Are formulated by the International Labour Organization and establish core labour rights, principles of labour management and minimum acceptable conditions that are applied across the globe. Standards are adopted by the ILO's tripartite International Labour Conference and are set out in Conventions and Recommendations. The former create binding obligations on states that ratify them to implement their provisions through national legislation whilst the latter provide guidance on policy, legislation, and practice. Since 1919, Conventions and Recommendations have been adopted covering many aspects of employment. What are often regarded as the core labour standards deal with the following: abolition of forced labour; the freedom of association of workers and employers; the right to collective bargaining; equal pay between men and women; the elimination of discrimination on the grounds of race, colour, sex, religion, political opinion and social origin; and the abolition of child labour. The ILO has established a supervisory procedure to ensure Conventions are given effect in law and practice, which is based on evaluation by independent experts. There is also provision for special investigations into infringements of freedom of association. The issue of international labour standards has risen to prominence in recent years as a result of the globalization of the economy and increasing pressure from labour organizations for a social clause in world trade agreements. [See corporate code of conduct, Declaration of Philadelphia, Declaration on Fundamental Principles and Rights at Work, and non-governmental organizations.]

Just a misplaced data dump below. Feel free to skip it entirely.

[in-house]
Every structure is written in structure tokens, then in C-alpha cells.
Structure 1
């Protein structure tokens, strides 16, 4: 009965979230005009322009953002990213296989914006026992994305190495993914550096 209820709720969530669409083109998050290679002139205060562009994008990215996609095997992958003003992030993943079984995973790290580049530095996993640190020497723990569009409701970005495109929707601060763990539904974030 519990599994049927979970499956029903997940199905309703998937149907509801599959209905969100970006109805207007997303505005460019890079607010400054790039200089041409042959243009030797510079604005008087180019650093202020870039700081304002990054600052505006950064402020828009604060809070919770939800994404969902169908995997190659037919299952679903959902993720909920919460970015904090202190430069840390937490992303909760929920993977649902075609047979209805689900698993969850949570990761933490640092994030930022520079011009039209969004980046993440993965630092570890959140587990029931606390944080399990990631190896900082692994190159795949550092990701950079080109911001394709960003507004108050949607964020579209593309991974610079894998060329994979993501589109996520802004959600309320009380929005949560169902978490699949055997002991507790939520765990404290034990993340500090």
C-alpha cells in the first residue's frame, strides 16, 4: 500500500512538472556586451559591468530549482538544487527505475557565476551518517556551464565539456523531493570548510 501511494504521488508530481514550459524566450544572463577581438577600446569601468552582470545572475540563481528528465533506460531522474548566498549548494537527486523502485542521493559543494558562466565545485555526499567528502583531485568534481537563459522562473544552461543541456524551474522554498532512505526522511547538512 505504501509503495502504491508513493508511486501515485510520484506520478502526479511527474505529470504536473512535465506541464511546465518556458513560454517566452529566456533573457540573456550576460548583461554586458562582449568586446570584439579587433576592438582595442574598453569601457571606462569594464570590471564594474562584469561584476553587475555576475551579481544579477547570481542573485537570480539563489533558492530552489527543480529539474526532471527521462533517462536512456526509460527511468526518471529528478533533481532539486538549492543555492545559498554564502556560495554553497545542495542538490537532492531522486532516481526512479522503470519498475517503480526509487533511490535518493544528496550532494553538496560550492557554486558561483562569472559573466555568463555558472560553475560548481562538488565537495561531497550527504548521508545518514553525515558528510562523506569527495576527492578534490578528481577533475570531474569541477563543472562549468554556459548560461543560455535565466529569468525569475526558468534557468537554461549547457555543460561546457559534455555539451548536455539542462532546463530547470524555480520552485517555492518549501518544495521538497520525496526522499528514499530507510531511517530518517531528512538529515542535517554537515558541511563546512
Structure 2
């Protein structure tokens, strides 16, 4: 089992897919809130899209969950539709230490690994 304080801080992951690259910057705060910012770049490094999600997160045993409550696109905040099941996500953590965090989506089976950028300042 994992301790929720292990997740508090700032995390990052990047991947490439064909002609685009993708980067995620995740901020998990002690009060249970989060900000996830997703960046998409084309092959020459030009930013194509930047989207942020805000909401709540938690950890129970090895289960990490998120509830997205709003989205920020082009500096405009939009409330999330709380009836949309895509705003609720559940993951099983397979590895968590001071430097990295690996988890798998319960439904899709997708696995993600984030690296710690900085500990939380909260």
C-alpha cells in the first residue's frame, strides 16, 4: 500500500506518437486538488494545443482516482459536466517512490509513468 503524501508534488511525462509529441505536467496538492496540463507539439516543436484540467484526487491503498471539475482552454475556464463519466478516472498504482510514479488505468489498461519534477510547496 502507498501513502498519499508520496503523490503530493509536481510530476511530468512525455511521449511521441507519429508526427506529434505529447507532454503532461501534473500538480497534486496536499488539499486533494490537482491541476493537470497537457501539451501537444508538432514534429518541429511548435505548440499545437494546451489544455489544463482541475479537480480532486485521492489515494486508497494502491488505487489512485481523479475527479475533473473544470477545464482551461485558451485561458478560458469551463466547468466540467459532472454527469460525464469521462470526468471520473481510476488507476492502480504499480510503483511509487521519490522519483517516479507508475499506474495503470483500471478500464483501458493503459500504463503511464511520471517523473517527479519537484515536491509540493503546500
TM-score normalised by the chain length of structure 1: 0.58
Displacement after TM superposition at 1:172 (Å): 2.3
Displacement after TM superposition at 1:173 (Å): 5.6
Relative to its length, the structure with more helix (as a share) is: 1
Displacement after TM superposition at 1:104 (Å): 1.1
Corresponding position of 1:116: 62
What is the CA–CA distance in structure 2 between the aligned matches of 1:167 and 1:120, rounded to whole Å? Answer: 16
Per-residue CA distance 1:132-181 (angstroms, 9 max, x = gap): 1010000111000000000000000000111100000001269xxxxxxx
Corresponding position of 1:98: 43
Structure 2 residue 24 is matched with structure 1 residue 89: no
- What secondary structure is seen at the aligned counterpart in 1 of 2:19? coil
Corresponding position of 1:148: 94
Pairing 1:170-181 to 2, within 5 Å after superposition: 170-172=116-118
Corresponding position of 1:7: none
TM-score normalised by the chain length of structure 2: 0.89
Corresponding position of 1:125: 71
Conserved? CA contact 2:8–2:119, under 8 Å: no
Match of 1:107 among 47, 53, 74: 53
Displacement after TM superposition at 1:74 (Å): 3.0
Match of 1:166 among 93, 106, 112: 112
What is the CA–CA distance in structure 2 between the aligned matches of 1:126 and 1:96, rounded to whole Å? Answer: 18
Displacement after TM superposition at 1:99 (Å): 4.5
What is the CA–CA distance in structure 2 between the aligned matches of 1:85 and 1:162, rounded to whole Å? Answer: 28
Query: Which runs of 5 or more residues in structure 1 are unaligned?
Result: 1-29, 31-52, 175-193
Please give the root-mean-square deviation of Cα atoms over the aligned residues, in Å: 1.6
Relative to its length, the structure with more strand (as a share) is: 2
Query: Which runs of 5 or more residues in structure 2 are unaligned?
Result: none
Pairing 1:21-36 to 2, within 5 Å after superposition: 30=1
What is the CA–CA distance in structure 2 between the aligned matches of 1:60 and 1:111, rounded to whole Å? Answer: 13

Subjects: Human Resource Management.